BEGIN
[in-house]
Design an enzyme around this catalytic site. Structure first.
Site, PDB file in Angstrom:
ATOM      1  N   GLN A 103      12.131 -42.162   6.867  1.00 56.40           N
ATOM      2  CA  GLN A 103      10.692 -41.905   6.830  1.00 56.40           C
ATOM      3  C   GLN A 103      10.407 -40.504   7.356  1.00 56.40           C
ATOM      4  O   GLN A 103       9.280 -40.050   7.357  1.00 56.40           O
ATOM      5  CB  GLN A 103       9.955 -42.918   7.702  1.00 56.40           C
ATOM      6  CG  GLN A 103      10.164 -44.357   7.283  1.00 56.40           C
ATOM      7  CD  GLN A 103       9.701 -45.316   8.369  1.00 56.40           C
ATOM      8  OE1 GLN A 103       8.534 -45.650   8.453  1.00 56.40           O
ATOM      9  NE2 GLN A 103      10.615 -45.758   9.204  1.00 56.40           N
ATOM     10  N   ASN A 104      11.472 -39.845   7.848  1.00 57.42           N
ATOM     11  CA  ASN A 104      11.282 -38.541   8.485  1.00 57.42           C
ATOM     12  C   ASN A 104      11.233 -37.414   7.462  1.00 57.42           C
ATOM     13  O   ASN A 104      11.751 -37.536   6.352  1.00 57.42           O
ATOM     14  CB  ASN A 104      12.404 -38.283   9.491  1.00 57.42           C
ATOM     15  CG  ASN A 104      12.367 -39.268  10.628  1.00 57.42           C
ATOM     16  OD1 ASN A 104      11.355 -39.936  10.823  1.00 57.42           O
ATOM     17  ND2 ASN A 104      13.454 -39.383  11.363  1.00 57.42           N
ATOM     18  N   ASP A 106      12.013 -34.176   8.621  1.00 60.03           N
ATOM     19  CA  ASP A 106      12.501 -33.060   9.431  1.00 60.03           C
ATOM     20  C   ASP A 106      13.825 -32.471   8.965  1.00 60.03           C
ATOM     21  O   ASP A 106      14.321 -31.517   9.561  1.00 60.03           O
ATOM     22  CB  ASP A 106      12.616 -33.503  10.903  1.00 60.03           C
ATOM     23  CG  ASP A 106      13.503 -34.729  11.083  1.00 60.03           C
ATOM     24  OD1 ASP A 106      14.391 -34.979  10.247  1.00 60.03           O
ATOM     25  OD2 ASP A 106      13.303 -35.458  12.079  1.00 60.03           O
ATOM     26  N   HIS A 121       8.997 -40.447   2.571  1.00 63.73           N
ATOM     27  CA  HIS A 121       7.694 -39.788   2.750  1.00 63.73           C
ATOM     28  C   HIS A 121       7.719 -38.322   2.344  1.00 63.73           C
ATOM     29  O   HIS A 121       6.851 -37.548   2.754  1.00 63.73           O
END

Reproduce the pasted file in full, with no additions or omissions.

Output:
[in-house]
Design an enzyme around this catalytic site. Structure first.
Site, PDB file in Angstrom:
ATOM      1  N   GLN A 103      12.131 -42.162   6.867  1.00 56.40           N
ATOM      2  CA  GLN A 103      10.692 -41.905   6.830  1.00 56.40           C
ATOM      3  C   GLN A 103      10.407 -40.504   7.356  1.00 56.40           C
ATOM      4  O   GLN A 103       9.280 -40.050   7.357  1.00 56.40           O
ATOM      5  CB  GLN A 103       9.955 -42.918   7.702  1.00 56.40           C
ATOM      6  CG  GLN A 103      10.164 -44.357   7.283  1.00 56.40           C
ATOM      7  CD  GLN A 103       9.701 -45.316   8.369  1.00 56.40           C
ATOM      8  OE1 GLN A 103       8.534 -45.650   8.453  1.00 56.40           O
ATOM      9  NE2 GLN A 103      10.615 -45.758   9.204  1.00 56.40           N
ATOM     10  N   ASN A 104      11.472 -39.845   7.848  1.00 57.42           N
ATOM     11  CA  ASN A 104      11.282 -38.541   8.485  1.00 57.42           C
ATOM     12  C   ASN A 104      11.233 -37.414   7.462  1.00 57.42           C
ATOM     13  O   ASN A 104      11.751 -37.536   6.352  1.00 57.42           O
ATOM     14  CB  ASN A 104      12.404 -38.283   9.491  1.00 57.42           C
ATOM     15  CG  ASN A 104      12.367 -39.268  10.628  1.00 57.42           C
ATOM     16  OD1 ASN A 104      11.355 -39.936  10.823  1.00 57.42           O
ATOM     17  ND2 ASN A 104      13.454 -39.383  11.363  1.00 57.42           N
ATOM     18  N   ASP A 106      12.013 -34.176   8.621  1.00 60.03           N
ATOM     19  CA  ASP A 106      12.501 -33.060   9.431  1.00 60.03           C
ATOM     20  C   ASP A 106      13.825 -32.471   8.965  1.00 60.03           C
ATOM     21  O   ASP A 106      14.321 -31.517   9.561  1.00 60.03           O
ATOM     22  CB  ASP A 106      12.616 -33.503  10.903  1.00 60.03           C
ATOM     23  CG  ASP A 106      13.503 -34.729  11.083  1.00 60.03           C
ATOM     24  OD1 ASP A 106      14.391 -34.979  10.247  1.00 60.03           O
ATOM     25  OD2 ASP A 106      13.303 -35.458  12.079  1.00 60.03           O
ATOM     26  N   HIS A 121       8.997 -40.447   2.571  1.00 63.73           N
ATOM     27  CA  HIS A 121       7.694 -39.788   2.750  1.00 63.73           C
ATOM     28  C   HIS A 121       7.719 -38.322   2.344  1.00 63.73           C
ATOM     29  O   HIS A 121       6.851 -37.548   2.754  1.00 63.73           O